This is the first time that I have posted on a forum to help with an issue, I hope that you can help.
I built a computer roughly 3 months ago. Specifications :-
Intel i7 930 @ 4.2ghz with Thermaltake Frio heatsink
ATI Sapphire 4870 1GB GDDR5 running 2 HP 23" displays
Asus Rampage II motherboard
It's runs 24/7 except for the occasional restart for updates ect.
A couple of days ago, I walked into my office, turned my monitors on and they showed no signal. The PC was humming as usual. So I restarted the machine. The graphics card fan screamed at me and didn't stop, the PC beeped one long and then 3 short beeps. I then removed the graphics card and replaced it with a Nvidia 7800gtx which proceeded to work fine, the computer functioned properly.
After googling the issue, I found that it could be linked to insufficient power. To test this, I placed the graphics card back in my machine, but connected a secondary PSU to just the graphics card so it had it's own power supply. Switched both the PC and the secondary PSU on, and the card is still not functioning.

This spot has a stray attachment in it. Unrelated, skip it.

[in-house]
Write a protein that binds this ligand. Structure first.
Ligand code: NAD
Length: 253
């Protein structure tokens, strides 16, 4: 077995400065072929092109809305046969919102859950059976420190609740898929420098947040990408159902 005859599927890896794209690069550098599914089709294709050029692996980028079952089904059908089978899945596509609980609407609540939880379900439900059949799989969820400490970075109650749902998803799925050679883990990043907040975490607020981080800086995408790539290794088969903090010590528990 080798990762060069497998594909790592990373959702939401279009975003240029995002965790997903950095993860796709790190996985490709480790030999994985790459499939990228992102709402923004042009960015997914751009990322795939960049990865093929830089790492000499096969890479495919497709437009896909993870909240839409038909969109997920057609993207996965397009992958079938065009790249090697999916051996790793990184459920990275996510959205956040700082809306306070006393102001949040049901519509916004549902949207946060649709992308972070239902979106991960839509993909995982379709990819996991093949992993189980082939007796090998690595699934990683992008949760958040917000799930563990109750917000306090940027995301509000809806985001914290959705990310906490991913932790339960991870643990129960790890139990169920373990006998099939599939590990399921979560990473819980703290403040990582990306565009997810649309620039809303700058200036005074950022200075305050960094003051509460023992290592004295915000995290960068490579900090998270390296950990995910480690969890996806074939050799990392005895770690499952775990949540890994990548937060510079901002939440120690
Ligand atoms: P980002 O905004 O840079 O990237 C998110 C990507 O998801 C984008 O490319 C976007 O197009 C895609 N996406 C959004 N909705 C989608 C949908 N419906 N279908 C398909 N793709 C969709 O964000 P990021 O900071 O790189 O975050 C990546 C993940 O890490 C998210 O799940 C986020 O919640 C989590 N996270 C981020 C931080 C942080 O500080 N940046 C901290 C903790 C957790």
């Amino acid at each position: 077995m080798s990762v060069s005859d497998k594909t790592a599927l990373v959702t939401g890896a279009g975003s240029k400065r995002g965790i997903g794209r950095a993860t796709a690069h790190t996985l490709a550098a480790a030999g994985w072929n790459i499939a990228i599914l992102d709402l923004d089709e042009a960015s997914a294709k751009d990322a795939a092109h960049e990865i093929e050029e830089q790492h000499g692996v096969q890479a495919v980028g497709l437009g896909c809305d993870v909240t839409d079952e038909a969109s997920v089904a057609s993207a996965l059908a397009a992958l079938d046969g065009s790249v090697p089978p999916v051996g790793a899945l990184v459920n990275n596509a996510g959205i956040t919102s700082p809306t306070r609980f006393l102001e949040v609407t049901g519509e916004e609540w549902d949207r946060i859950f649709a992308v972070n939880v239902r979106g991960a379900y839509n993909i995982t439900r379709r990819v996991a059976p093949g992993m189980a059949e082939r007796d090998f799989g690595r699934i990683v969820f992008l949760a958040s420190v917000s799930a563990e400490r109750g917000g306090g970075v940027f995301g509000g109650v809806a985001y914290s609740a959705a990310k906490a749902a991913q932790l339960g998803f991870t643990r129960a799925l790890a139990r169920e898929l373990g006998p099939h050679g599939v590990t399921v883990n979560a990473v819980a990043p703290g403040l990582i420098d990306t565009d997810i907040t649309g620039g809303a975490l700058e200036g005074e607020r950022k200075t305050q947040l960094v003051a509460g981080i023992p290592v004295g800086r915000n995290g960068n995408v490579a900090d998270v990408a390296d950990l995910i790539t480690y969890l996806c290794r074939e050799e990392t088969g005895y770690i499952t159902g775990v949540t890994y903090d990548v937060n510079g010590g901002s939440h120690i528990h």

FYI, the card has 3 status LEDs. 1 and 3 are permanantly lit and 2 isnt.
Is it buggered? Or have I missed something somewhere?
ToughPower 1000w and the backup is a 700w Atrix peice of crap BUT I know that it can power this card because I used it originally. The power definatly isn't the issue, the card had a PSU all to itself.
So it is bricked But Why? She wasn't even overclocked!
It doesn't matter that if you didn't because these higher end cards typically have parts that are very poorly cooled on top of other problems. Power vrm is likely damaged on your card or one of the vram modules don't respond to the gpu. Seeing that one light is on tells you that the card is partially alive but it won't be functional enough to use at all. So you have two options.
Nividia cards of that era and before used a lead tin alloy while ATI for some time have been using a higher quality of bonding which raises their production costs but uses a silver tin alloy. It will take higher temps to bake the card to melt out the micro fractures.